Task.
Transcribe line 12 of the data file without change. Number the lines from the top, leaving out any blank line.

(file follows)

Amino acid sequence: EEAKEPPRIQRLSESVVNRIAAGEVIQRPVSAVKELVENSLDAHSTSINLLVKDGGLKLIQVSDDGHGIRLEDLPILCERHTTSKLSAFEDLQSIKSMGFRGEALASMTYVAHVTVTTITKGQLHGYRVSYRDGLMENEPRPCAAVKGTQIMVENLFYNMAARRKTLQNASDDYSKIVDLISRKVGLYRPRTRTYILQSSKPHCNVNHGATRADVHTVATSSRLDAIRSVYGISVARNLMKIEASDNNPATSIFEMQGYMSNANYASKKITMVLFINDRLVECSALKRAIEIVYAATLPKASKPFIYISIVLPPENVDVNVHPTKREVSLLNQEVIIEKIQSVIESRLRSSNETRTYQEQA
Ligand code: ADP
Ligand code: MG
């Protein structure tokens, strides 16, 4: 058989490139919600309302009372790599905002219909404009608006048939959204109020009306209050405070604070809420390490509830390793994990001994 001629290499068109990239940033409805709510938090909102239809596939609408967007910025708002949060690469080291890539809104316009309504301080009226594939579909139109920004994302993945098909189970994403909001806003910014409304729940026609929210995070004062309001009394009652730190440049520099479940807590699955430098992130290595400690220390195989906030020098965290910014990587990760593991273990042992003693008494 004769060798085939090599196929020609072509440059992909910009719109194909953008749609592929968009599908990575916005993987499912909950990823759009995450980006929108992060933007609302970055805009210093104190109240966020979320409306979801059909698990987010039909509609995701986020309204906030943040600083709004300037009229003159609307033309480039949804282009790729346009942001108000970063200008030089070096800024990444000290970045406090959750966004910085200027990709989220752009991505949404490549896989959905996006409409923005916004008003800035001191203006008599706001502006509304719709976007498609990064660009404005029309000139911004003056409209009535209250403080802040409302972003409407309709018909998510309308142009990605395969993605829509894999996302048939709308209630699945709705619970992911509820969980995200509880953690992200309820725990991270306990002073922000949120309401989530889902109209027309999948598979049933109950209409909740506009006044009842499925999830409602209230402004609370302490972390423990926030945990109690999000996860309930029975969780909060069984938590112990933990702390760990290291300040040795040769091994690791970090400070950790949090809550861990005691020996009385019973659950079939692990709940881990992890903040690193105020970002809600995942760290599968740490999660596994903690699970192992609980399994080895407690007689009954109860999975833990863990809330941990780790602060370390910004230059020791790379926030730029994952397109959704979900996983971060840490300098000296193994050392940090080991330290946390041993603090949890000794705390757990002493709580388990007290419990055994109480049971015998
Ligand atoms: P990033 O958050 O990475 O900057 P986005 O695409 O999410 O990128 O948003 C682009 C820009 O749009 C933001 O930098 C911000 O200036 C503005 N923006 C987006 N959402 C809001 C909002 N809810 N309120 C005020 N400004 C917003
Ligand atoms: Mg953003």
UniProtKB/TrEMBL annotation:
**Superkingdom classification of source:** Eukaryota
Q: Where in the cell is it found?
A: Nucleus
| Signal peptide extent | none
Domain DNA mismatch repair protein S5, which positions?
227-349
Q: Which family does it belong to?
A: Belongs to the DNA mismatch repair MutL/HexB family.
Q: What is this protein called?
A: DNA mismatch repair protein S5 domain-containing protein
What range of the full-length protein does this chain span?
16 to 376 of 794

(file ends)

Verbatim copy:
Domain DNA mismatch repair protein S5, which positions?